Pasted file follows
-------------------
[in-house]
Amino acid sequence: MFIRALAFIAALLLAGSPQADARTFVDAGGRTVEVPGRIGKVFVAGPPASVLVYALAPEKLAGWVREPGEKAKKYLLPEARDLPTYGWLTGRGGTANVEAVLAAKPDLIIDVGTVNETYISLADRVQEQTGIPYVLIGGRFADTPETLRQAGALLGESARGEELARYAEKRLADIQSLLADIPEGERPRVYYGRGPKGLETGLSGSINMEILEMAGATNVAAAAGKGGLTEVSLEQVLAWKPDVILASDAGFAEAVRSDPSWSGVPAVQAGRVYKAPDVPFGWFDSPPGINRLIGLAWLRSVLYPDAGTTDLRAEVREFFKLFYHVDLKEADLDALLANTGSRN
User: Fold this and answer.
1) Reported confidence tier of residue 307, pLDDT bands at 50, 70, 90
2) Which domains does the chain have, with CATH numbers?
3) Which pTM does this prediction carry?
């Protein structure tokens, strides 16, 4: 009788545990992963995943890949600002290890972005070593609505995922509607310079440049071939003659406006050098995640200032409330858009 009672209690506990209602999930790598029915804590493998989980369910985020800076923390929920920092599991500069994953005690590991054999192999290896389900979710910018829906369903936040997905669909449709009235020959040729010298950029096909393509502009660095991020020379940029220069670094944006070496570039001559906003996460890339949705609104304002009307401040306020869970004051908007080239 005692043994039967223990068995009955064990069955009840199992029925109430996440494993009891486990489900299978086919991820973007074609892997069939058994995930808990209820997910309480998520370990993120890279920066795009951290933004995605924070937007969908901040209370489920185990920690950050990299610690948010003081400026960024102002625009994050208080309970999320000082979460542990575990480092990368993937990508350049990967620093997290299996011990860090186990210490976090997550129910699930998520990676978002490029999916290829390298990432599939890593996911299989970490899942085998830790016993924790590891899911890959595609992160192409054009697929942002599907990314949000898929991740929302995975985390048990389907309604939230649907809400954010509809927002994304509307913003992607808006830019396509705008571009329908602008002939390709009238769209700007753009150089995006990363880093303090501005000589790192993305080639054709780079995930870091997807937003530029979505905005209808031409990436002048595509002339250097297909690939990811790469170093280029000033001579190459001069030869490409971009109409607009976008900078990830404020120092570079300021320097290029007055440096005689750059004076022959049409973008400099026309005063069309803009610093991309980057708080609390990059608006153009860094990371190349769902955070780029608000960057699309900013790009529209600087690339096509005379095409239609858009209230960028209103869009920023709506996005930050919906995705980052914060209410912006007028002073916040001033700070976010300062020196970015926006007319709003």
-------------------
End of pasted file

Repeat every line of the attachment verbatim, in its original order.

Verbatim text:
[in-house]
Amino acid sequence: MFIRALAFIAALLLAGSPQADARTFVDAGGRTVEVPGRIGKVFVAGPPASVLVYALAPEKLAGWVREPGEKAKKYLLPEARDLPTYGWLTGRGGTANVEAVLAAKPDLIIDVGTVNETYISLADRVQEQTGIPYVLIGGRFADTPETLRQAGALLGESARGEELARYAEKRLADIQSLLADIPEGERPRVYYGRGPKGLETGLSGSINMEILEMAGATNVAAAAGKGGLTEVSLEQVLAWKPDVILASDAGFAEAVRSDPSWSGVPAVQAGRVYKAPDVPFGWFDSPPGINRLIGLAWLRSVLYPDAGTTDLRAEVREFFKLFYHVDLKEADLDALLANTGSRN
User: Fold this and answer.
1) Reported confidence tier of residue 307, pLDDT bands at 50, 70, 90
2) Which domains does the chain have, with CATH numbers?
3) Which pTM does this prediction carry?
């Protein structure tokens, strides 16, 4: 009788545990992963995943890949600002290890972005070593609505995922509607310079440049071939003659406006050098995640200032409330858009 009672209690506990209602999930790598029915804590493998989980369910985020800076923390929920920092599991500069994953005690590991054999192999290896389900979710910018829906369903936040997905669909449709009235020959040729010298950029096909393509502009660095991020020379940029220069670094944006070496570039001559906003996460890339949705609104304002009307401040306020869970004051908007080239 005692043994039967223990068995009955064990069955009840199992029925109430996440494993009891486990489900299978086919991820973007074609892997069939058994995930808990209820997910309480998520370990993120890279920066795009951290933004995605924070937007969908901040209370489920185990920690950050990299610690948010003081400026960024102002625009994050208080309970999320000082979460542990575990480092990368993937990508350049990967620093997290299996011990860090186990210490976090997550129910699930998520990676978002490029999916290829390298990432599939890593996911299989970490899942085998830790016993924790590891899911890959595609992160192409054009697929942002599907990314949000898929991740929302995975985390048990389907309604939230649907809400954010509809927002994304509307913003992607808006830019396509705008571009329908602008002939390709009238769209700007753009150089995006990363880093303090501005000589790192993305080639054709780079995930870091997807937003530029979505905005209808031409990436002048595509002339250097297909690939990811790469170093280029000033001579190459001069030869490409971009109409607009976008900078990830404020120092570079300021320097290029007055440096005689750059004076022959049409973008400099026309005063069309803009610093991309980057708080609390990059608006153009860094990371190349769902955070780029608000960057699309900013790009529209600087690339096509005379095409239609858009209230960028209103869009920023709506996005930050919906995705980052914060209410912006007028002073916040001033700070976010300062020196970015926006007319709003």